Recently I was speaking with a parent who was expressing frustration with their child’s work habits in their math class. It was a conversation I have experienced many times throughout my 20 years of teaching. It’s about that child who says they can do the math in their head and they do not need to show their work. Many of you have had experiences with situations like this and would probably agree that math work needs to be shown. In fact, many students have lost credit on assignments for not showing their work. The rationale for this seems solid; the teacher needs to see the work so they can advise the child of errors, it provides repetition for the child in the procedures and algorithms they are working with, it fosters a discipline needed for more complicated versions of the problem, and it provides some accountability that the child is actually working through the problem, not getting answers from another source. I have reiterated these ideas to parents during many parent-teacher conferences over the years while discussing their child.
As I begin to understand the research on how children come to know math, I realize we would be better served in asking students “to show their thinking” instead of “to show their work”. At the AIMS Center we are taking the time to understand the existing research on how children “come to know” their mathematical knowledge and how that understanding impacts their future academic performance. What we know is that for children to construct knowledge in mathematics they need to engage in meaningful thinking of their mathematical ideas. This means reflecting on their thinking and showing their reasoning through explanations, diagrams, and mathematical notations. This process develops the underlying mental operations in the child’s brain which are key to deep understanding and eventually success in mathematics.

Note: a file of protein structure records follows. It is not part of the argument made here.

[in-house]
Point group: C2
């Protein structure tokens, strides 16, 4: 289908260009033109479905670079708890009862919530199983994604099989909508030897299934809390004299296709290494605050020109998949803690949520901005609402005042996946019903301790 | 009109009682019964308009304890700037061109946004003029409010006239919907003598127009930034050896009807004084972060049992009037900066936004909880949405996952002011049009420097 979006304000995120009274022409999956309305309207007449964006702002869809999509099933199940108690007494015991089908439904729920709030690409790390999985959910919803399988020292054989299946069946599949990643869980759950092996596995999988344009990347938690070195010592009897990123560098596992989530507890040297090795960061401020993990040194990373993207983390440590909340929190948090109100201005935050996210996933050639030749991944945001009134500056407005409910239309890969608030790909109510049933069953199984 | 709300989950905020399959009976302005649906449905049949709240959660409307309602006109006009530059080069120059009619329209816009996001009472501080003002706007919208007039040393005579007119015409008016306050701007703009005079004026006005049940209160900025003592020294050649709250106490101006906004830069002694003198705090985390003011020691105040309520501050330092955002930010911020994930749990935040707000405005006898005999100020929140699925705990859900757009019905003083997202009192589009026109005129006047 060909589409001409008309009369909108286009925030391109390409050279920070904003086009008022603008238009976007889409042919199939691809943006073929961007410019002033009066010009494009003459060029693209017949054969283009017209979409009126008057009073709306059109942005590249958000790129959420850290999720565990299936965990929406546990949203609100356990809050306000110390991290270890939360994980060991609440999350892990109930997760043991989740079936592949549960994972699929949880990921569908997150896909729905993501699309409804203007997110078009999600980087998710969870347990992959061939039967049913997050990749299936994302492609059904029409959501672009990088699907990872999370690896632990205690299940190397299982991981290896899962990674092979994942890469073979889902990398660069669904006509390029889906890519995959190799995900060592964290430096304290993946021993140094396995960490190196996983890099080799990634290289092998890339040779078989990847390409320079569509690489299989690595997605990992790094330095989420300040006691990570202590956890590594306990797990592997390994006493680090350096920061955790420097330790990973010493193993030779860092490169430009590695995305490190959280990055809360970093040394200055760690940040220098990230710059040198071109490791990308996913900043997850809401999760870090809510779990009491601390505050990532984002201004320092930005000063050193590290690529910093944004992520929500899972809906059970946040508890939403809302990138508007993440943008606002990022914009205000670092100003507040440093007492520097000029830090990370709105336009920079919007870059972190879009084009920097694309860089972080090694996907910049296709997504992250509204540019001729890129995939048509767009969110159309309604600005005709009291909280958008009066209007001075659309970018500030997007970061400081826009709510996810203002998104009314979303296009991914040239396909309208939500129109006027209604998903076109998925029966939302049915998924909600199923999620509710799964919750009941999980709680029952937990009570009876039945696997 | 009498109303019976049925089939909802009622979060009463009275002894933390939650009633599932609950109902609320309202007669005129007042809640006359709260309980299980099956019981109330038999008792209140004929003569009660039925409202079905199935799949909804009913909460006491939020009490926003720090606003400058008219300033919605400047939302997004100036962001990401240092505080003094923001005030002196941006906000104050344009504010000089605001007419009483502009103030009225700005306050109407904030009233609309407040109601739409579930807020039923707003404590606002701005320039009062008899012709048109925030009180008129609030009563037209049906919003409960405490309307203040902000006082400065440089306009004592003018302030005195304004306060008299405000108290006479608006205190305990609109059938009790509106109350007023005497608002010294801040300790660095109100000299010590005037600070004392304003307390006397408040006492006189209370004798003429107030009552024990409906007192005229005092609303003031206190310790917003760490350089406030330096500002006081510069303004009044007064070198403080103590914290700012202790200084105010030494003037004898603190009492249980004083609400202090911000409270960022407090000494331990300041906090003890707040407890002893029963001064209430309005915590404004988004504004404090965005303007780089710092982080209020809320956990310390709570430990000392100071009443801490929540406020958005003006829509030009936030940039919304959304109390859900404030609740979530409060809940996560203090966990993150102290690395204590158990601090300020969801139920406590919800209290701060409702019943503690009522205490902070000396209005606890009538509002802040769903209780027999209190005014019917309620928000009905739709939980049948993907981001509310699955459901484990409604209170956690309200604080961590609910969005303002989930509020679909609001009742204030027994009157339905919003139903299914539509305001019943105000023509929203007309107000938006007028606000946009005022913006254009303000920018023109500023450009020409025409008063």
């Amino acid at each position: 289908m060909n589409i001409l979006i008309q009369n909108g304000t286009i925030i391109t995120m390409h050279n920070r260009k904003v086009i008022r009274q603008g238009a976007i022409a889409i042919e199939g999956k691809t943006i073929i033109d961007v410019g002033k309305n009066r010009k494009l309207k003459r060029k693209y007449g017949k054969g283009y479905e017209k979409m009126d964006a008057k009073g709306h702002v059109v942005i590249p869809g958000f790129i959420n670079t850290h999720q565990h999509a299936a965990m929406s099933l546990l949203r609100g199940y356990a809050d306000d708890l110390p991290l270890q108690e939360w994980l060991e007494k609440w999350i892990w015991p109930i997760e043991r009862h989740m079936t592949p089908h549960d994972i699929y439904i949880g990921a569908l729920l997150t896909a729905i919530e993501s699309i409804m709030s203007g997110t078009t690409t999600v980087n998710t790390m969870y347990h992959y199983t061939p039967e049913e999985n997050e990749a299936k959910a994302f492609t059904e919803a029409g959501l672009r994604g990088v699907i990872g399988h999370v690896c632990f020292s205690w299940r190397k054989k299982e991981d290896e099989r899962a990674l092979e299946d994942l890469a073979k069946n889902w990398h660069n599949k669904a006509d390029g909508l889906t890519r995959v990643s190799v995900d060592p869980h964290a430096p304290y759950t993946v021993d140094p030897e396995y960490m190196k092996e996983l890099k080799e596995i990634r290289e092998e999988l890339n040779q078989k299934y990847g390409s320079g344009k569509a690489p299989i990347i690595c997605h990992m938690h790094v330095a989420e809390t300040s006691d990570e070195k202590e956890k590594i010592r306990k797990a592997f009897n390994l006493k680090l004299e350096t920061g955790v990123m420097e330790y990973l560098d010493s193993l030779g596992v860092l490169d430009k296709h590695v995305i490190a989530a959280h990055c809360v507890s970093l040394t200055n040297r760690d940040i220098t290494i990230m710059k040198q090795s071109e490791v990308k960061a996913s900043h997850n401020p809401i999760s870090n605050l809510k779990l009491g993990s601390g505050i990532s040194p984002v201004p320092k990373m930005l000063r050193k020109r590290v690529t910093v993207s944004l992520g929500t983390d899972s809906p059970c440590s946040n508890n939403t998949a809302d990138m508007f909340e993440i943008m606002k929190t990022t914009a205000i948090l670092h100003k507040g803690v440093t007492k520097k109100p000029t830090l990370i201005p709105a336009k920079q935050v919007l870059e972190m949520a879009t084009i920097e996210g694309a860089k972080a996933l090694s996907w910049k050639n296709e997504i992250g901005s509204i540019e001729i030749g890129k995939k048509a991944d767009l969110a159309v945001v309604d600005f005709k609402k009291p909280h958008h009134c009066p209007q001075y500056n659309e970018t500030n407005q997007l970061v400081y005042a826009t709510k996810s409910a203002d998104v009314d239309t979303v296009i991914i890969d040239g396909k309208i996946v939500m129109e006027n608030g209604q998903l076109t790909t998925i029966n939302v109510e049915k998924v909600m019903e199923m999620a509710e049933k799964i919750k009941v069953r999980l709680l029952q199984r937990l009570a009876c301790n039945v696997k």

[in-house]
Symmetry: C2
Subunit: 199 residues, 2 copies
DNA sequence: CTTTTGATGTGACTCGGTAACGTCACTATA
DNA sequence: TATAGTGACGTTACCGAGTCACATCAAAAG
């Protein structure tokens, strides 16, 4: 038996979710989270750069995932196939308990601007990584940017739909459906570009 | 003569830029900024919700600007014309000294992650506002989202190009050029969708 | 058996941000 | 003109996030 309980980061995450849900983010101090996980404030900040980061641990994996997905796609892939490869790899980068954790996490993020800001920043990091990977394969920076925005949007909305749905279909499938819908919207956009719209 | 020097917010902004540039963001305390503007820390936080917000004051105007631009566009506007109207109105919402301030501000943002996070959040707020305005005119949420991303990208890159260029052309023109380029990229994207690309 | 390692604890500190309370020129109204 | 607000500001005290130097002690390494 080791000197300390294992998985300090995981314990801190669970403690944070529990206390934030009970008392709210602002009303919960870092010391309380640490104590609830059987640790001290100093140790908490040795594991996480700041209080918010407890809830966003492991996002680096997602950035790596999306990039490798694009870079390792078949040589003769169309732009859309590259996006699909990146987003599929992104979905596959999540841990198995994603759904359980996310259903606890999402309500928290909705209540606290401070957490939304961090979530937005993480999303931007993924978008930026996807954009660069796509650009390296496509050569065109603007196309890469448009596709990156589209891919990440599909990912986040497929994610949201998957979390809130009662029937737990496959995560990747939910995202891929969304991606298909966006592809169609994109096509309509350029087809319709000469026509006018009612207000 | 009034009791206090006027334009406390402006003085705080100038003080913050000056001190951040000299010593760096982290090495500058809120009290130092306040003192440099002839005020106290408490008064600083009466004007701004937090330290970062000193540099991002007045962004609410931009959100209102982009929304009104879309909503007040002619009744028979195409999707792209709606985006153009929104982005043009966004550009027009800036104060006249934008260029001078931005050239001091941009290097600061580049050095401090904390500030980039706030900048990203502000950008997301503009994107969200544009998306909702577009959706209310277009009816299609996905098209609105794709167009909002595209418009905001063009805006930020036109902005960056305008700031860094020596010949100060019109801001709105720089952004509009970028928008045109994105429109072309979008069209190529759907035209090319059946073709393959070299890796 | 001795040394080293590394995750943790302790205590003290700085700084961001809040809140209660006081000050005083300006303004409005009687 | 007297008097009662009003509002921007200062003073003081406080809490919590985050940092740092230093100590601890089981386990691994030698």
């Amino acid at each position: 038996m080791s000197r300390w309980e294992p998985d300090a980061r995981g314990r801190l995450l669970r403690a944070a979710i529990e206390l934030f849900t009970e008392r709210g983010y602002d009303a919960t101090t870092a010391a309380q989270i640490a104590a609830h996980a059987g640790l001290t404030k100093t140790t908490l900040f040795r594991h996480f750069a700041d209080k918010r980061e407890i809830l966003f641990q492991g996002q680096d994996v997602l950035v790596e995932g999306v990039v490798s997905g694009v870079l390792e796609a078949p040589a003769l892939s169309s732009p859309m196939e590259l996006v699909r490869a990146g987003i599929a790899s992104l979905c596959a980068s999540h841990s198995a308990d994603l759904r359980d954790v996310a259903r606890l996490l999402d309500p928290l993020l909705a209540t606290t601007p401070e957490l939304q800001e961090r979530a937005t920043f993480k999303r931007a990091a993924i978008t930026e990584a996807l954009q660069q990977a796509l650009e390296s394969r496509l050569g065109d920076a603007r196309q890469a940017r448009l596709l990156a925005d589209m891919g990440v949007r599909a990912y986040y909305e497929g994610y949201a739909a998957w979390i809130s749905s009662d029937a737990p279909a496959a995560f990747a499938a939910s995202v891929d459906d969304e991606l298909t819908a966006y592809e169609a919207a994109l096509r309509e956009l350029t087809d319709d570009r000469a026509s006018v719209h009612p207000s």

I think you would agree that the common practice of children working 20 problems using a procedure they saw during math class is considered by many to be valuable to their formal education. The student’s work is then evaluated based on correct or incorrect final results. Errors may be explained to some students but we end up with little information about the cognitive processes and mental operations the child employed. If we are serious about teaching students from their errors, as we claim when asking for work, it is the errors in a student’s mathematical thinking that are critical for us to recognize. This is not quick or easy for the student or the teacher, but it is necessary if we are serious about the education of the child.
Teaching through “understanding the thinking of the student” is difficult. It calls for both knowledge and flexibility on the part of the teacher, who must provide support for students as they engage in mathematical sense making. This means knowing the “mathematics of children” as well as “mathematics for children”. It means having a sense of when to let students explore, when to tell them what they need to know, and knowing how to effectively nudge them in productive directions.